Sunday 29 April 2018

World's largest active geyser the Steamboat Geyser Yellowstone has erupted three times in a year for the first time since 2003

Photo USGS Volcanoes
The world's largest active geyser has erupted three times in the past six weeks at Yellowstone National Park, including once this week, in a pattern that is unusual but not at all indicative of a more destructive volcanic eruption brewing beneath Wyoming, geologists said on Saturday.
Steamboat Geyser, which can shoot water as high as 300 feet (91 meters) into the air, erupted on March 15, April 19 and on Friday.
The last time it erupted three times in a year was in 2003, the U.S. Geological Survey's Yellowstone Volcano Observatory said.
The last time it erupted prior to March was more than three years ago in September 2014.
"There is nothing to indicate that any sort of volcanic eruption is imminent," Michael Poland, the scientist in charge for the observatory, said in an email.
This year's eruptions have been smaller than a usual Steamboat eruption, but the two in April were about 10 times larger than an eruption at the park's famed Old Faithful Geyser in terms on the amount of water discharged, he said.
Geologists have not pinpointed a reason for the latest series of eruptions, but say they could indicate a thermal disturbance in the geyser basin, or that Steamboat may be having smaller eruptions instead of one large.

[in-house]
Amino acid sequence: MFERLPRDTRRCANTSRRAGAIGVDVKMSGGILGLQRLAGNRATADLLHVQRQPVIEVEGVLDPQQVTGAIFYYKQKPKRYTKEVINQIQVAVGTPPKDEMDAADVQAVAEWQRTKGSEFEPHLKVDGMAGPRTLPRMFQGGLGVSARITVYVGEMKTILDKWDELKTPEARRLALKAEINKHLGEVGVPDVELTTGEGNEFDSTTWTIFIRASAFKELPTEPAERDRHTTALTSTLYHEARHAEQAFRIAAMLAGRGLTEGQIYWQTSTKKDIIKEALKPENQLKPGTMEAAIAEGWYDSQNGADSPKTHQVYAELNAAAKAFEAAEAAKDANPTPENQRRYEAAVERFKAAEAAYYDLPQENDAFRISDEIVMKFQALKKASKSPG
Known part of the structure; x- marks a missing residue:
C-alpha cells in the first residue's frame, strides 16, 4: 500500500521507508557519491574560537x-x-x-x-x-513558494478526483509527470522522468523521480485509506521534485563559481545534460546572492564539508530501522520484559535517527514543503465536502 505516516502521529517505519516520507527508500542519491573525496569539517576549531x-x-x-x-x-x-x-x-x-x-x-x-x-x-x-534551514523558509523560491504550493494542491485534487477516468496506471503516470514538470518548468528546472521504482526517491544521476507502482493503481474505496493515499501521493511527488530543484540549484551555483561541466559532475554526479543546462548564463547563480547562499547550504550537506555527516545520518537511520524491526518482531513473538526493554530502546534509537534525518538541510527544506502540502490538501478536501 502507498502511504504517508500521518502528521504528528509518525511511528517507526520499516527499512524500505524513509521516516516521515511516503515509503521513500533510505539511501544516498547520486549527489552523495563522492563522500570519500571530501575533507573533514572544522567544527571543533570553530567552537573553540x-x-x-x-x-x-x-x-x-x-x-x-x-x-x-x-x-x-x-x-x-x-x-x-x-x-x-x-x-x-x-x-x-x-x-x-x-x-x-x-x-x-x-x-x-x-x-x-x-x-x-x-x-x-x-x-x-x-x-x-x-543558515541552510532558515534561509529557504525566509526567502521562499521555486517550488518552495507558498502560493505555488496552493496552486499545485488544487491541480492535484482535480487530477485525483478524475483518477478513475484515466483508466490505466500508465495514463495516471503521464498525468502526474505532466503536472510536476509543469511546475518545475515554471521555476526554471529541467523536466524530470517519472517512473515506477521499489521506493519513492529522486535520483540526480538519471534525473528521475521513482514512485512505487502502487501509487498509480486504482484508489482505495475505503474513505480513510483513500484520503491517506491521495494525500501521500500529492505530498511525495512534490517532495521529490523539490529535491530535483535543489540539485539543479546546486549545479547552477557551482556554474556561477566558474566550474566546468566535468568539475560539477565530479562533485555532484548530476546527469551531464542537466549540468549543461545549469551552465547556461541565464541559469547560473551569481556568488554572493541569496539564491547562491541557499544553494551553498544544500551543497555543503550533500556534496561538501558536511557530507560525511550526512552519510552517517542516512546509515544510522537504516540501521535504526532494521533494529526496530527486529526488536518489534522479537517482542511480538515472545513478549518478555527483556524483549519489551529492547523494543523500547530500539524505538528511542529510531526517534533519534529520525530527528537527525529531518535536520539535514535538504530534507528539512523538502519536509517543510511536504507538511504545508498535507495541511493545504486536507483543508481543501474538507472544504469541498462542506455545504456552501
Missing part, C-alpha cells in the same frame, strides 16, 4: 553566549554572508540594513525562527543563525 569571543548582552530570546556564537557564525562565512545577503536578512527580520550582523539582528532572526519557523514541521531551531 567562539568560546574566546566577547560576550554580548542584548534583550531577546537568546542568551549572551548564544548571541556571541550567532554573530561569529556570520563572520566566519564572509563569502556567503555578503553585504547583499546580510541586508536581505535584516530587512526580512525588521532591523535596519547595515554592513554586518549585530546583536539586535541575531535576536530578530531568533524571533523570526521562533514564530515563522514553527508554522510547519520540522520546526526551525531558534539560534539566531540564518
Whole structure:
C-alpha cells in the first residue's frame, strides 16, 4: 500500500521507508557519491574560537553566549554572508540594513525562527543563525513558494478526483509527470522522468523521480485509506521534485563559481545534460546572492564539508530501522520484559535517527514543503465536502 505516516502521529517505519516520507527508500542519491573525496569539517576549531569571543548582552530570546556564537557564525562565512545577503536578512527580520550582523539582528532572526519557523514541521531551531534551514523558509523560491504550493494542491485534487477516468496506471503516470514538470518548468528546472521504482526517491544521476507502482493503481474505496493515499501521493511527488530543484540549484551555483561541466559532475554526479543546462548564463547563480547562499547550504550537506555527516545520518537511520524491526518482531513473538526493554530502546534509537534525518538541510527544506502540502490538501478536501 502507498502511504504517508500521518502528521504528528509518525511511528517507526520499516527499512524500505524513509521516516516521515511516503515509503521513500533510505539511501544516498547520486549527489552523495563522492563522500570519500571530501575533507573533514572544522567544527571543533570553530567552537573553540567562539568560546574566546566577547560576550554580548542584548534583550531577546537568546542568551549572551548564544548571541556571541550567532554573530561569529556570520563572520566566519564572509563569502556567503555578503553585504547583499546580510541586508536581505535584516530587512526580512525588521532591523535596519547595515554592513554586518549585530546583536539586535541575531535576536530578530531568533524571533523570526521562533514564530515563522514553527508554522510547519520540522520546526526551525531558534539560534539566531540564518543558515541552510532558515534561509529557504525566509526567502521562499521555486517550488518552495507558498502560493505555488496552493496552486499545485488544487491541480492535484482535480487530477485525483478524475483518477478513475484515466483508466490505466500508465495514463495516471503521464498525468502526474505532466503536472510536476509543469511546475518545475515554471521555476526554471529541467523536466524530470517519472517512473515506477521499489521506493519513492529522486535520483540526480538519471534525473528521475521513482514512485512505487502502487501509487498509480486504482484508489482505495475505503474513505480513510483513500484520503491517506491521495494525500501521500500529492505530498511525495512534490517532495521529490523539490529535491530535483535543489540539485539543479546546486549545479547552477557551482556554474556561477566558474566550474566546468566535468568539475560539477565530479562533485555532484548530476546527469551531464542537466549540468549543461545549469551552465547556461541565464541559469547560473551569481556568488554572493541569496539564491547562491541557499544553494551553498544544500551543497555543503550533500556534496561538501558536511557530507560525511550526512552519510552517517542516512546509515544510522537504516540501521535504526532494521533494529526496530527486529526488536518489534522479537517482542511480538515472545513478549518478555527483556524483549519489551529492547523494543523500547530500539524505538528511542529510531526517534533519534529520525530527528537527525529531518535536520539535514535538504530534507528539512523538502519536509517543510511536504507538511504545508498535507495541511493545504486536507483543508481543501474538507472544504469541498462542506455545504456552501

Since most geysers do not erupt on a regular schedule, "it might just reflect the randomness of geysers," Poland said.
Only Waimangu Geyser in New Zealand has rocketed to greater heights than Steamboat, but not for more than 100 years, the U.S. National Park Service said.
Yellowstone sits atop a volcano that created a vast crater.
Its plateau hosts the world's most diverse and expansive continental hydrothermal systems, including the multicoloured springs, mud pots and geysers for which the park is known.
While the Steamboat eruptions are unusual, what would be far more worrying would be the water in the hydrothermal systems drying up, which could indicate that the super hot magma deep below was making its way to the surface.
"Yellowstone hasn't had a volcanic eruption for 70,000 years! Geysers erupt all the time," said Jake Lowenstern, a USGS research geologist who specializes in volcanoes.

Via USGS Volcanoes
Steamboat Geyser in Yellowstone National Park sure has been active lately - 3 water eruption in 6 weeks (March 15, April 19, and April 27)!
University of Utah Seismograph Stations seismic and U.S. Geological Survey (USGS) water gage data (Tantalus Weir) indicate that a water eruption of Steamboat began today around 6:30 a.m. Mountain Time. 

That’s only 7 days since it last erupted on April 19. After the March 15 water eruption (first since 2014), National Park staff installed a temporary temperature logger, which recorded a spike of around 60 degrees Celsius for the April 19 eruption. 
Temperature data haven’t yet been downloaded for the water eruption today. 
There were eyewitness reports of a vigorous steam phase a couple hours after today's water eruption phase began.
When comparing the seismic amplitudes for the March and April water eruptions, we note that the April events were a little stronger than the one in March. 

However, the seismic signals from these three were all much smaller than major water eruptions in 2013 and 2014.
We will be sharing more information about this interesting recent activity at Steamboat in this Monday’s edition of Yellowstone Caldera Chronicles -- look for it on social media and the YVO website homepage!

Francis Charles Worrall